Sunday, July 07, 2013


Moth (Persephone) |  Charcoal & Pastel on Paper  |  CB

T., 'your' moth prompted me to go in search of this one.

Photograph - T. Clear

There's a woman and a deity in both - you'll have seen them.  

Tuesday, July 02, 2013

Buoyant and Billowing

(. . . and almost as pretty as a jelly, Rebecca?)

Macrocystis pyrifera (photo: Shawn Harper - Sitka, Alaska)


Lemons the size of melons   |  Santa Eulalia des Riu, Ibiza, Baleriac Islands 2011


                               This has been a week for citrus 
                               zest and candles, yellow and green - 
                               I see a courtyard there
                               and a lemon tree whose unbound feet
                               turn stones to moss, a random toss
                               of earth incubating delphiniums 
                               for summer.  


This week's editor on the TP hub is Keith Westwater
with Planchette 
by fellow New Zealander James Norcliffe.

You won't want to miss this one (think rhythm, music and 'qwerty') -   

                               "at night the rats
                                are bigger than rats

                                they race back and forth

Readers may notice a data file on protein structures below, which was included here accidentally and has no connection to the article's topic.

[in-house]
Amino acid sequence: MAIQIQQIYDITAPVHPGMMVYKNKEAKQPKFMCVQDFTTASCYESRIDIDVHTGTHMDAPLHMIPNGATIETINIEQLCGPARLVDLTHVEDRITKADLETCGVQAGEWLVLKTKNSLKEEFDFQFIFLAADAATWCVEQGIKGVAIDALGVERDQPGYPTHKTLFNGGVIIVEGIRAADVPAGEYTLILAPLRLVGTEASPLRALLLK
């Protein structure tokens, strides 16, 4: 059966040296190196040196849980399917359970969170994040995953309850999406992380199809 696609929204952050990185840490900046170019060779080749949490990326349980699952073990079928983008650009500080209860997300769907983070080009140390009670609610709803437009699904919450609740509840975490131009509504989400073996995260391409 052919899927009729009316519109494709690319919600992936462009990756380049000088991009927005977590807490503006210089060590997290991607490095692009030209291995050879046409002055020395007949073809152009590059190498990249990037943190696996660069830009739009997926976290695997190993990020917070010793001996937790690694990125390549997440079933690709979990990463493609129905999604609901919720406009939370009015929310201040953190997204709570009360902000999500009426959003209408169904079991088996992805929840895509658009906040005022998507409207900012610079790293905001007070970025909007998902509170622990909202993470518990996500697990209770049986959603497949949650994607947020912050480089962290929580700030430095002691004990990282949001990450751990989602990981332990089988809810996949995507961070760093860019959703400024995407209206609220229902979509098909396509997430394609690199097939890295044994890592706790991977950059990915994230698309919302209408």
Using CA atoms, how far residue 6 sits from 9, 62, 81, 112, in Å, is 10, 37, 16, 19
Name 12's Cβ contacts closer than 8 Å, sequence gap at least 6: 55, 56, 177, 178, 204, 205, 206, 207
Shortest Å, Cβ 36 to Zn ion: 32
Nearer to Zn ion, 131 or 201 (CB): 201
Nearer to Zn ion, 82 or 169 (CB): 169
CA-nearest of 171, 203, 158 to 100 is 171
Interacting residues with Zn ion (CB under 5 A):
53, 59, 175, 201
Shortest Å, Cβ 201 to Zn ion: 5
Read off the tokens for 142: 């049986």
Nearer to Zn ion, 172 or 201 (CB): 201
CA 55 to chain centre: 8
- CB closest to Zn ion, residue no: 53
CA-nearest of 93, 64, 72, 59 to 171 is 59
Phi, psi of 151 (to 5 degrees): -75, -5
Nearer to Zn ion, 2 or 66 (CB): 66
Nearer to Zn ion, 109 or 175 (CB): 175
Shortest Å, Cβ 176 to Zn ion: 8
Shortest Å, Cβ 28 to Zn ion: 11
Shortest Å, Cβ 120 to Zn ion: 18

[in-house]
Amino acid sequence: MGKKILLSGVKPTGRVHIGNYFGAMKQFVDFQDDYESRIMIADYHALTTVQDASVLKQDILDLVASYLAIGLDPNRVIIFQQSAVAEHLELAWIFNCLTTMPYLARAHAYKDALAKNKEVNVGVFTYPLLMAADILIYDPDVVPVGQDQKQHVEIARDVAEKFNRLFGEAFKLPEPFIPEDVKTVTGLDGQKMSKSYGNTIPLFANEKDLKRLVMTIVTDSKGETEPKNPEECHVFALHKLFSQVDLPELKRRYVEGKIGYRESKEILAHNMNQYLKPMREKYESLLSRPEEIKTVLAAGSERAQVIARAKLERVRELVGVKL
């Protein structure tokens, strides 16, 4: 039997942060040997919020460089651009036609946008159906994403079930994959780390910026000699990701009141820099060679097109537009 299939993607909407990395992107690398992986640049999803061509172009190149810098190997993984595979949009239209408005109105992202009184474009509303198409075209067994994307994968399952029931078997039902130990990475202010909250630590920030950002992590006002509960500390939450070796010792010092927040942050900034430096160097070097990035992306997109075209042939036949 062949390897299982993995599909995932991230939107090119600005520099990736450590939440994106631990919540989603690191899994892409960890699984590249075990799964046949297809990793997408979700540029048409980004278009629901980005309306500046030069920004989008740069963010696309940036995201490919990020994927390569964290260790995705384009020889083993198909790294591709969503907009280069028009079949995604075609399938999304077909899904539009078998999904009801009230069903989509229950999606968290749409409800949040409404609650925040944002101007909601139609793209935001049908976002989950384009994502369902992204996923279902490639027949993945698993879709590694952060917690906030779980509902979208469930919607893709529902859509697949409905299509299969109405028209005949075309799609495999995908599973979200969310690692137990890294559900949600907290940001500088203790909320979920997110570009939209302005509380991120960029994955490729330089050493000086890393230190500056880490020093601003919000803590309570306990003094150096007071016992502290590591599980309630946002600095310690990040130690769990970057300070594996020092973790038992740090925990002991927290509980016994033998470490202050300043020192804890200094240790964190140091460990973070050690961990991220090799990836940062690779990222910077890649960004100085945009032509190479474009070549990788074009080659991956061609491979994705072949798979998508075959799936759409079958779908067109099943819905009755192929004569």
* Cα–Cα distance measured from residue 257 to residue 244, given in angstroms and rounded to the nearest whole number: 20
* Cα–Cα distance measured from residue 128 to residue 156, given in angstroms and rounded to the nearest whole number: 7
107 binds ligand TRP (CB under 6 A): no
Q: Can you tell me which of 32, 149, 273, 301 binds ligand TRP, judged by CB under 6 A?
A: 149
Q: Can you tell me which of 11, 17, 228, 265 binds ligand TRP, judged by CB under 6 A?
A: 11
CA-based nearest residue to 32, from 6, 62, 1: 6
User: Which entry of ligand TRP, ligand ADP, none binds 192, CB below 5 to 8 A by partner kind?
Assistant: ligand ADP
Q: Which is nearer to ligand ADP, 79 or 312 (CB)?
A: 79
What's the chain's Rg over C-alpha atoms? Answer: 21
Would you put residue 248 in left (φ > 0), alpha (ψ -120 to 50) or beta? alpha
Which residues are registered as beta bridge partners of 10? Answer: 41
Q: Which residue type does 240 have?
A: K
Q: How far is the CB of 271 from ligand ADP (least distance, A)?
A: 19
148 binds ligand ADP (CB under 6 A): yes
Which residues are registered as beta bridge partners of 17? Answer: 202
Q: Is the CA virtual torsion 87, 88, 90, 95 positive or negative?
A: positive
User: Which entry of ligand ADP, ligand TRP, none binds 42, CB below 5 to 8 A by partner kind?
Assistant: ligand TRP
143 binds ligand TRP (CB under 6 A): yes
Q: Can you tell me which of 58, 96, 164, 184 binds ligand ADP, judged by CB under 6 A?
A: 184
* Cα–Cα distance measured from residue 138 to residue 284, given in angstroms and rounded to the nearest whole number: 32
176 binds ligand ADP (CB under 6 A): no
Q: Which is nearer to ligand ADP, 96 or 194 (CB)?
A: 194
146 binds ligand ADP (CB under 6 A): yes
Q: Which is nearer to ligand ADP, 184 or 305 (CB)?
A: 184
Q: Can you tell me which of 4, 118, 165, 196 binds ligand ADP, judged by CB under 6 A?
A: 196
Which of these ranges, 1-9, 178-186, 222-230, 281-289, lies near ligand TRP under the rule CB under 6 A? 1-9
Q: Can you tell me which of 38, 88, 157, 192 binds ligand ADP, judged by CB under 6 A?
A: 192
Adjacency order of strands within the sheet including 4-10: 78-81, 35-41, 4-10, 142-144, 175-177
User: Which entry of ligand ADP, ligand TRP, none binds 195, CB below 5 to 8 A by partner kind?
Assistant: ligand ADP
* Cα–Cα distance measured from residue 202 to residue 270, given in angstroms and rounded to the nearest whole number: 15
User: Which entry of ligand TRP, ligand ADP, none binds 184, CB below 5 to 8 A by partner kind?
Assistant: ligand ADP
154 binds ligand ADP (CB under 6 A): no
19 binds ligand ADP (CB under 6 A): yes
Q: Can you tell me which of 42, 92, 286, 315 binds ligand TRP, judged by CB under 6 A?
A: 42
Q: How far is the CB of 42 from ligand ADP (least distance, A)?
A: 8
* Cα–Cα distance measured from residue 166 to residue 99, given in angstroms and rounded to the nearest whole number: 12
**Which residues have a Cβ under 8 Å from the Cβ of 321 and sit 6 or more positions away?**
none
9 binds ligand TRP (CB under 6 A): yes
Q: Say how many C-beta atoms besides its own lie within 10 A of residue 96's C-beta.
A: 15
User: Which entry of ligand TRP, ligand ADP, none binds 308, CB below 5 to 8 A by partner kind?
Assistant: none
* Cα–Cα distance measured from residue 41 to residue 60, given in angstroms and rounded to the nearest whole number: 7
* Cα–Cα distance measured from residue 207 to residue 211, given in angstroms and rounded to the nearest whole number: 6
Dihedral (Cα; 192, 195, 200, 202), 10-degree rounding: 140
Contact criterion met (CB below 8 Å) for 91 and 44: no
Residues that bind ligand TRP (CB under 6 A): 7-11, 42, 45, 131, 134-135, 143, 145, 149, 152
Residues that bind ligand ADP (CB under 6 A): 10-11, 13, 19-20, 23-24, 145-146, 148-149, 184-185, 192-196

like typewriters. . . "

And speaking of typewriters, today I came across a California-based artist - Jeremy Mayer  - who creates intricate, anatomically-convincing and rather spectacular sculptures out of nothing but old typewriter parts. No glue, screws, nails or any fixings whatsoever aside from those integral to the typewriters. The article I read today introduced his newest work - swallows. Eerily beautiful mechanical birds. With their sharply-determined beaks, soft typewriter key eyes and articulated wings they are imbued with an air of expectancy and inquisitiveness as if poised - and designed - for flight. You can check out his birds here and more of his work on his website.

James's poem with its cast of rats prompts me to direct you to a rat of a different calibre. An unconventional, 'dance-to-your-own-tune' breed of rat. Ratty is PR 'person', office artiste and right-hand assistant to Penelope Todd of Rosa Mira Books. He is also the thoroughly lovable and eccentric partner to exotic Argentian fairy armadillo, Lily-the-Pink and father to three endearing ratadillos. Hop over to the Rosa Mira blog to meet them and to read a fine conversation between Penelope and Australia-based New Zealander Martin Edmond whose essay Winged Sandals is due out from RMB soon. 

It won't be long till Penelope posts an interview with Melissa Green in preparation for the release of Melissa's exceptionally delicate and powerful memoir, The Linen Way. Yay.

Ratty - PR for Rosa Mira Books (brought to life by writer, artist and e-publisher Penelope Todd)